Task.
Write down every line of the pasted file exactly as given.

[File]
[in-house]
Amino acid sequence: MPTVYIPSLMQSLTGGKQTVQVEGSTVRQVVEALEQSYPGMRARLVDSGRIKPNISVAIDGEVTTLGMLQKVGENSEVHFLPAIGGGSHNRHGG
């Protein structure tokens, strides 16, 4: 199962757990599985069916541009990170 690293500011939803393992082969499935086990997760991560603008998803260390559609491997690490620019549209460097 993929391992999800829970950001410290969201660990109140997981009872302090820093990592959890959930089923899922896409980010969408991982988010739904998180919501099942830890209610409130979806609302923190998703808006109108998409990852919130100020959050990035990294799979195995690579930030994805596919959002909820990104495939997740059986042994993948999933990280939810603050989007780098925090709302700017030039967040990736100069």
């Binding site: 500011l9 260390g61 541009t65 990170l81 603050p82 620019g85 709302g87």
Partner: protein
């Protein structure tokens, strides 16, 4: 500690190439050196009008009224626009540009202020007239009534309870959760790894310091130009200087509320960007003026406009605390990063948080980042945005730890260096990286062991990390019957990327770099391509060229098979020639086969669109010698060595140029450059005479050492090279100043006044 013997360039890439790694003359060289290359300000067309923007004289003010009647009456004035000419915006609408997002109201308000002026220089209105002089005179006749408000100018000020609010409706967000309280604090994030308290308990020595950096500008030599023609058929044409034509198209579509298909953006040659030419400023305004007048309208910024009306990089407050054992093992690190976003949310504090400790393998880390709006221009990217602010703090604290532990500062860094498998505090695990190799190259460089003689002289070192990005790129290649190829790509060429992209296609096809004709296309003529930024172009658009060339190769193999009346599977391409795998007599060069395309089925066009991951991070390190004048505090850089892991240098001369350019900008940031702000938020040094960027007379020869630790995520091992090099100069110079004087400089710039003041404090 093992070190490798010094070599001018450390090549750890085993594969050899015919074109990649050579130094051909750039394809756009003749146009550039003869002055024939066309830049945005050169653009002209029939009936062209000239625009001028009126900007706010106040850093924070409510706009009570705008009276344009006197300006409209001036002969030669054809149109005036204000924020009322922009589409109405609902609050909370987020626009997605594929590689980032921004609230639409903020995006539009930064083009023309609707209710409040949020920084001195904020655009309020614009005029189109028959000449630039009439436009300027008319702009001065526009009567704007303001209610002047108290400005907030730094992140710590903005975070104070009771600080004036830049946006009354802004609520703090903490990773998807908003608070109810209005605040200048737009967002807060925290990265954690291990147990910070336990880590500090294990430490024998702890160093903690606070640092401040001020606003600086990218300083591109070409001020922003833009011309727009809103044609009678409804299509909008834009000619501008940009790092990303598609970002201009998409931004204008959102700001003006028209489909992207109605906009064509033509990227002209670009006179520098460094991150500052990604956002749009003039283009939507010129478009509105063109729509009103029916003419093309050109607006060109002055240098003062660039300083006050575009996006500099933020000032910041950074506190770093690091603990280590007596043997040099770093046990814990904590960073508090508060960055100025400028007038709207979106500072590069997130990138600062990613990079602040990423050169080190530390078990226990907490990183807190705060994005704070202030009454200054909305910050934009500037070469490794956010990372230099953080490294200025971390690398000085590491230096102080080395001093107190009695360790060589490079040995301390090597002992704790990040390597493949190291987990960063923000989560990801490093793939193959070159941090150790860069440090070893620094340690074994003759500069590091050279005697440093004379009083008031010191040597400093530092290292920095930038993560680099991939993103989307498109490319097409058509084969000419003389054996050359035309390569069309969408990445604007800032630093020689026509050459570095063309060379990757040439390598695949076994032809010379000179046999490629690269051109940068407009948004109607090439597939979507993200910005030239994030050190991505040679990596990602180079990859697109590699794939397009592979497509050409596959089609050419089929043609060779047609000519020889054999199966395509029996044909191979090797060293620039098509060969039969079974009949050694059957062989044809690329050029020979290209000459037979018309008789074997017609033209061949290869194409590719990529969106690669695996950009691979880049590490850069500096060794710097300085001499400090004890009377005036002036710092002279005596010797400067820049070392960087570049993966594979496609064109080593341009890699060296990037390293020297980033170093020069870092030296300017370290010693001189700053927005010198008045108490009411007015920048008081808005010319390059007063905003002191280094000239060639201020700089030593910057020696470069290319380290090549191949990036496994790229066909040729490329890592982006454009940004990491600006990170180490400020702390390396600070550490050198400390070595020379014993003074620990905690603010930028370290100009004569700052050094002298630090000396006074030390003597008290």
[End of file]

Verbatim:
[in-house]
Amino acid sequence: MPTVYIPSLMQSLTGGKQTVQVEGSTVRQVVEALEQSYPGMRARLVDSGRIKPNISVAIDGEVTTLGMLQKVGENSEVHFLPAIGGGSHNRHGG
């Protein structure tokens, strides 16, 4: 199962757990599985069916541009990170 690293500011939803393992082969499935086990997760991560603008998803260390559609491997690490620019549209460097 993929391992999800829970950001410290969201660990109140997981009872302090820093990592959890959930089923899922896409980010969408991982988010739904998180919501099942830890209610409130979806609302923190998703808006109108998409990852919130100020959050990035990294799979195995690579930030994805596919959002909820990104495939997740059986042994993948999933990280939810603050989007780098925090709302700017030039967040990736100069």
């Binding site: 500011l9 260390g61 541009t65 990170l81 603050p82 620019g85 709302g87």
Partner: protein
């Protein structure tokens, strides 16, 4: 500690190439050196009008009224626009540009202020007239009534309870959760790894310091130009200087509320960007003026406009605390990063948080980042945005730890260096990286062991990390019957990327770099391509060229098979020639086969669109010698060595140029450059005479050492090279100043006044 013997360039890439790694003359060289290359300000067309923007004289003010009647009456004035000419915006609408997002109201308000002026220089209105002089005179006749408000100018000020609010409706967000309280604090994030308290308990020595950096500008030599023609058929044409034509198209579509298909953006040659030419400023305004007048309208910024009306990089407050054992093992690190976003949310504090400790393998880390709006221009990217602010703090604290532990500062860094498998505090695990190799190259460089003689002289070192990005790129290649190829790509060429992209296609096809004709296309003529930024172009658009060339190769193999009346599977391409795998007599060069395309089925066009991951991070390190004048505090850089892991240098001369350019900008940031702000938020040094960027007379020869630790995520091992090099100069110079004087400089710039003041404090 093992070190490798010094070599001018450390090549750890085993594969050899015919074109990649050579130094051909750039394809756009003749146009550039003869002055024939066309830049945005050169653009002209029939009936062209000239625009001028009126900007706010106040850093924070409510706009009570705008009276344009006197300006409209001036002969030669054809149109005036204000924020009322922009589409109405609902609050909370987020626009997605594929590689980032921004609230639409903020995006539009930064083009023309609707209710409040949020920084001195904020655009309020614009005029189109028959000449630039009439436009300027008319702009001065526009009567704007303001209610002047108290400005907030730094992140710590903005975070104070009771600080004036830049946006009354802004609520703090903490990773998807908003608070109810209005605040200048737009967002807060925290990265954690291990147990910070336990880590500090294990430490024998702890160093903690606070640092401040001020606003600086990218300083591109070409001020922003833009011309727009809103044609009678409804299509909008834009000619501008940009790092990303598609970002201009998409931004204008959102700001003006028209489909992207109605906009064509033509990227002209670009006179520098460094991150500052990604956002749009003039283009939507010129478009509105063109729509009103029916003419093309050109607006060109002055240098003062660039300083006050575009996006500099933020000032910041950074506190770093690091603990280590007596043997040099770093046990814990904590960073508090508060960055100025400028007038709207979106500072590069997130990138600062990613990079602040990423050169080190530390078990226990907490990183807190705060994005704070202030009454200054909305910050934009500037070469490794956010990372230099953080490294200025971390690398000085590491230096102080080395001093107190009695360790060589490079040995301390090597002992704790990040390597493949190291987990960063923000989560990801490093793939193959070159941090150790860069440090070893620094340690074994003759500069590091050279005697440093004379009083008031010191040597400093530092290292920095930038993560680099991939993103989307498109490319097409058509084969000419003389054996050359035309390569069309969408990445604007800032630093020689026509050459570095063309060379990757040439390598695949076994032809010379000179046999490629690269051109940068407009948004109607090439597939979507993200910005030239994030050190991505040679990596990602180079990859697109590699794939397009592979497509050409596959089609050419089929043609060779047609000519020889054999199966395509029996044909191979090797060293620039098509060969039969079974009949050694059957062989044809690329050029020979290209000459037979018309008789074997017609033209061949290869194409590719990529969106690669695996950009691979880049590490850069500096060794710097300085001499400090004890009377005036002036710092002279005596010797400067820049070392960087570049993966594979496609064109080593341009890699060296990037390293020297980033170093020069870092030296300017370290010693001189700053927005010198008045108490009411007015920048008081808005010319390059007063905003002191280094000239060639201020700089030593910057020696470069290319380290090549191949990036496994790229066909040729490329890592982006454009940004990491600006990170180490400020702390390396600070550490050198400390070595020379014993003074620990905690603010930028370290100009004569700052050094002298630090000396006074030390003597008290």